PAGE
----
Thursday, 20 November 2014

The Drop (4¾ Stars)

This is something that's never happened to me before. I went to see "The Drop" at Cineworld with my friends from the Birmingham Film Club. It was time for the ads and trailers to start, but the screen was blank. After five minutes our intrepid leader, Mike McAuley, went out to ask the staff what was happening. He came back and told us that the cinema had forgotten to start the film. I suppose that in a multiplex cinema with 12 screens it's easy to forget one of the screens. A few minutes later a lovely young lady came in to apologise and promised that the film would be shown without any ads or trailers, so that the film wouldn't finish later than planned. After all, it was a late showing, and some of us needed to catch the last bus. All's well that ends well. Finally the film began, on time, if we assume that the ads and trailers would have lasted 20 minutes.

"The Drop" was the last film that James Gandolfini made before his death. It also stars Tom Hardy, Naomi Rapace and a pitbull called Rocco. Well, actually three pitbulls called Rocco. The puppy was supposed to be a few weeks old, but he grew too fast, so he had to be replaced twice during the filming.

The main character is Bob Saginowski (Tom Hardy), the barman in a bar in Brooklyn. This is one of several bars used as a drop bar, a place where illegal money is stored overnight. The bar's previous owner was Bob's cousin Marv (James Gandolfini), but although the bar still carries his name he's only an employee, since it is now owned by Chechen gangsters. Unknown to Bob, Marv has hired gangsters to rob the bar so that he can get revenge on the Chechens, who he considers to have unfairly robbed him of his property.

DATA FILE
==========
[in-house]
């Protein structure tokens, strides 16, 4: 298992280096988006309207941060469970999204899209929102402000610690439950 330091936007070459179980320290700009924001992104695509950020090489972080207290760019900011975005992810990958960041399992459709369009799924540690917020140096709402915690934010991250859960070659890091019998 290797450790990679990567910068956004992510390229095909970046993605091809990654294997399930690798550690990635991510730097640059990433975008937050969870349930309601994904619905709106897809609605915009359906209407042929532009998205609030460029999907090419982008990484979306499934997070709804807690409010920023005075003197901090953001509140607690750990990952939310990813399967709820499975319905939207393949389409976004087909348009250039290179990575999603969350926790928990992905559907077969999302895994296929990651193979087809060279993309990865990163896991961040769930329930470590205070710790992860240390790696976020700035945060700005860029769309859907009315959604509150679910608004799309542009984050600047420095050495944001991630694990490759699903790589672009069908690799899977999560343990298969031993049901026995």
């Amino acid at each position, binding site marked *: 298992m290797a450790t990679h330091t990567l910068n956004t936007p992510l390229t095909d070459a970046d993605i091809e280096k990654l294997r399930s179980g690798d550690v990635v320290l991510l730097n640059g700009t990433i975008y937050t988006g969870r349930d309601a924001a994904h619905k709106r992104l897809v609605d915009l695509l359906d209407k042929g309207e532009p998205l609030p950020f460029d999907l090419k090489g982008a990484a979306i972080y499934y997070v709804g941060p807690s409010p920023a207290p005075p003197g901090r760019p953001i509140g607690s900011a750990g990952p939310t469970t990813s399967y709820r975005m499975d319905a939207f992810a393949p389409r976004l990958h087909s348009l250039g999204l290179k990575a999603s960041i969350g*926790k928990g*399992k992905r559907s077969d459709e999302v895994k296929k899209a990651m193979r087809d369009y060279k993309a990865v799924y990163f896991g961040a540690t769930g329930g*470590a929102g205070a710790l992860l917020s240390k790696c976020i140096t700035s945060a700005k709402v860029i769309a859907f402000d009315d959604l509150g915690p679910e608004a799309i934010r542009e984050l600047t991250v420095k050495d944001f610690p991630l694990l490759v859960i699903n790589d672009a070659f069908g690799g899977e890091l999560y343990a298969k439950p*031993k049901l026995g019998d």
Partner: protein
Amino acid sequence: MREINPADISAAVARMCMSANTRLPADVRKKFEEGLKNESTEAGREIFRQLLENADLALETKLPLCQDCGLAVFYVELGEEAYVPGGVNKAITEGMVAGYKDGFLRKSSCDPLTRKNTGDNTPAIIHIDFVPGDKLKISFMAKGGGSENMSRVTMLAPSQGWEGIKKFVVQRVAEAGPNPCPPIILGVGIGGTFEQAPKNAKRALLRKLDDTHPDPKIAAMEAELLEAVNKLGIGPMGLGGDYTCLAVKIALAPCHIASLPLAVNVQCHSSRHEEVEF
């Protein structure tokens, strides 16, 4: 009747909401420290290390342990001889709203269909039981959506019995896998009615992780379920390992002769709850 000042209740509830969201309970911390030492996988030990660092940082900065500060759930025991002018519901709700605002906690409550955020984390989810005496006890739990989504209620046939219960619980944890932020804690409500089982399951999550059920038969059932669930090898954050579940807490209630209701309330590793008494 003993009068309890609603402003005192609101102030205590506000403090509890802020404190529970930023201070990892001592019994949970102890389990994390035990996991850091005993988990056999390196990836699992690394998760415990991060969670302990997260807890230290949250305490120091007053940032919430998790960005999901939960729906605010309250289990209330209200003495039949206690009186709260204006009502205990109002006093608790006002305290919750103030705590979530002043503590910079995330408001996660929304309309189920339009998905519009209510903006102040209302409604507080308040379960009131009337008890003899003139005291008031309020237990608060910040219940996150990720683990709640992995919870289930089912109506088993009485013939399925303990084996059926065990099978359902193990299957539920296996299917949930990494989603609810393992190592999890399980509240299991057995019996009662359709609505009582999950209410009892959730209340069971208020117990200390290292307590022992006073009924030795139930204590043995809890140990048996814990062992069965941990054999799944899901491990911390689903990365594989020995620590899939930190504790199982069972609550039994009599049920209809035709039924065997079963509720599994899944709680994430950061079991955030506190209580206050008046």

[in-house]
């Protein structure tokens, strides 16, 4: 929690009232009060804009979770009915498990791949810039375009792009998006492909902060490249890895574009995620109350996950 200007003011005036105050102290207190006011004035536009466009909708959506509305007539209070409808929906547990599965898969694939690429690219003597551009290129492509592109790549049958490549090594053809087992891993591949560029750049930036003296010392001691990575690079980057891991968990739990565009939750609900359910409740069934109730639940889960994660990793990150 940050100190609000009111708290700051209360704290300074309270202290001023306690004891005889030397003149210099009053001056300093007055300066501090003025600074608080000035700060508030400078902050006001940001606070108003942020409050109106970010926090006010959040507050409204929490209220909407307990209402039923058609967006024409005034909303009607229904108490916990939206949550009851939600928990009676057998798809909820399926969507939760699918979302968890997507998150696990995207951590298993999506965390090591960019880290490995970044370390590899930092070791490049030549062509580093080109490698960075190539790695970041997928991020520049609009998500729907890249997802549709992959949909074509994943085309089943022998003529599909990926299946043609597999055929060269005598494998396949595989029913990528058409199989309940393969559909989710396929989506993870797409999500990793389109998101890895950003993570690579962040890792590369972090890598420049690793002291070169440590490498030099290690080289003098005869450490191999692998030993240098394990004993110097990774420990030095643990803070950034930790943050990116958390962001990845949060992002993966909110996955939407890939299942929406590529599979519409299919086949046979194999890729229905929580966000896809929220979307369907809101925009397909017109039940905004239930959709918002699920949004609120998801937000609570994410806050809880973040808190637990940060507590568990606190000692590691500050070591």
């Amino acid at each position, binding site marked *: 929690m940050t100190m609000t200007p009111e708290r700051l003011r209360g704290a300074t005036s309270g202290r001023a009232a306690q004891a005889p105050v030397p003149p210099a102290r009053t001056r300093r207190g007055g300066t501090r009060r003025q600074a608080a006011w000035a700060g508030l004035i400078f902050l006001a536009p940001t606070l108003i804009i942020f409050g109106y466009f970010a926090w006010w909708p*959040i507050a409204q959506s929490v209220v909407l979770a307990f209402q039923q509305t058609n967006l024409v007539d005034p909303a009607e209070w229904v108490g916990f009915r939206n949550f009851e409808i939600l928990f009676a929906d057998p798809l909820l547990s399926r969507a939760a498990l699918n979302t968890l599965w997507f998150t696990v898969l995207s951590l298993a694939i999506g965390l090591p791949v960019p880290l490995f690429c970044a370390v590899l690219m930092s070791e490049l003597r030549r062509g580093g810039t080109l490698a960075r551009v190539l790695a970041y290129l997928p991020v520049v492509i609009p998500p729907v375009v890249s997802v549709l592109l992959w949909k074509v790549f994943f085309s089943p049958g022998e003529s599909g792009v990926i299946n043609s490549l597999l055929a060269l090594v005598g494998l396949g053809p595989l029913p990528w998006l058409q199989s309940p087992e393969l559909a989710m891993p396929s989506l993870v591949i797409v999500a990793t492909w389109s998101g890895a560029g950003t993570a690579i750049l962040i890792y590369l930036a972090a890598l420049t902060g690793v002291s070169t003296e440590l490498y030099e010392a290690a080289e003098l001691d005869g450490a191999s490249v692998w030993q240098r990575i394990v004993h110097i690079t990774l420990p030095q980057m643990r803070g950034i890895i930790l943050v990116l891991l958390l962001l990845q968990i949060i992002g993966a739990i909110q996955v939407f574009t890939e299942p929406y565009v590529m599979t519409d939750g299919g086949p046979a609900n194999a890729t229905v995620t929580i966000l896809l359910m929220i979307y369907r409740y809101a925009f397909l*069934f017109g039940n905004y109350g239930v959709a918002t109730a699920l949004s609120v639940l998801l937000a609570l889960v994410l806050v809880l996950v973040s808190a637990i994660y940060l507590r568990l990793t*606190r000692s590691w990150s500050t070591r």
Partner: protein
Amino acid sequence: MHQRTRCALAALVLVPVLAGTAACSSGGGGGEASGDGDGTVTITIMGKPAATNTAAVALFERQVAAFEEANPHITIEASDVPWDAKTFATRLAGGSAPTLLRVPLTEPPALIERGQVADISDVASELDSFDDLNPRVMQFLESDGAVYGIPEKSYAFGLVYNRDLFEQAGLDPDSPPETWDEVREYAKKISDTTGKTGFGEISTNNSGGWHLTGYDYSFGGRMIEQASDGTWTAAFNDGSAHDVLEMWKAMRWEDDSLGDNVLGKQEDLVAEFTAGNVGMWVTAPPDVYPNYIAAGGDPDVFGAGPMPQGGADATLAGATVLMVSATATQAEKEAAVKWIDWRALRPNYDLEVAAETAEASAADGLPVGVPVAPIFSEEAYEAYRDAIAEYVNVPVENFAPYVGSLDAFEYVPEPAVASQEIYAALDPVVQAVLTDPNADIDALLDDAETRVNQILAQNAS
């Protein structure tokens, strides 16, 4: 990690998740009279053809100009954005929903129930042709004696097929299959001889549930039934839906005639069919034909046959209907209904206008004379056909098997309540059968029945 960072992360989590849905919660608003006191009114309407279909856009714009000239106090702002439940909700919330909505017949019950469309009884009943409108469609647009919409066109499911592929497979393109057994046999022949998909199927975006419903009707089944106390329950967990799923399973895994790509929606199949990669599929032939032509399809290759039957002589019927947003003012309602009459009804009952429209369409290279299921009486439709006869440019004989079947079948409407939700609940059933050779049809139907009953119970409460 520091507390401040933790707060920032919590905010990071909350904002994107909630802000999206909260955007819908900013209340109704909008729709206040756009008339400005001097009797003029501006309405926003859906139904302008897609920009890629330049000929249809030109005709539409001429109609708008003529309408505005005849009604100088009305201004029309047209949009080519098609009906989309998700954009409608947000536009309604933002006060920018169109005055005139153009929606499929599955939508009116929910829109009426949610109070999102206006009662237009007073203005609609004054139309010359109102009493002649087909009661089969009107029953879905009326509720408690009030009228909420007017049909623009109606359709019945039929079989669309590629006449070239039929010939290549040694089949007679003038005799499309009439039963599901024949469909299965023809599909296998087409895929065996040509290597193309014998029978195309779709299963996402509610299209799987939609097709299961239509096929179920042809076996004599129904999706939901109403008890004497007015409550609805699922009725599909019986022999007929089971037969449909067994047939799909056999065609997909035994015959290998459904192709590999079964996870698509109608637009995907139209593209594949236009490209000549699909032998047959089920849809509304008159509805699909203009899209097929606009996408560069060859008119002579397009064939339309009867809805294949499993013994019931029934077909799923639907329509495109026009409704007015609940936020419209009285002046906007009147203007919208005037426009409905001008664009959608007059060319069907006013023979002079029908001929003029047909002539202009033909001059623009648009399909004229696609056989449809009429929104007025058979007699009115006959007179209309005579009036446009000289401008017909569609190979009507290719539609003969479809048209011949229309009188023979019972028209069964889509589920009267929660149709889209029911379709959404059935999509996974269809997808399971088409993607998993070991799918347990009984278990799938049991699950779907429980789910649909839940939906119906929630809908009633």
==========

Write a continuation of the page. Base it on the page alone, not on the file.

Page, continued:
Bob is a quiet man, lost in his own world. He only begins to open up when he finds a small pitbull abandoned in a trash can. Bob begins to feel attached to the pitbull, and a romance also develops with Nadia (Naomi Rapace), the woman in whose trash can he finds the pitbull puppy. Unfortunately the pitbull's previous owner was a gangster who was Nadia's ex-boyfriend and now works for Marv. It's a small world.

Of all the films I've seen starring James Gandolfini, this is the one in which he gets closest to his Tony Soprano personality, even though Marv is an ex-mobster who no longer commands the respect of his peers. Tom Hardy, however, is the film's biggest star. He is by far my favourite actor. Without giving away any spoilers, I'd like to say that he's totally credible in all the changes in Bob's character during the film.

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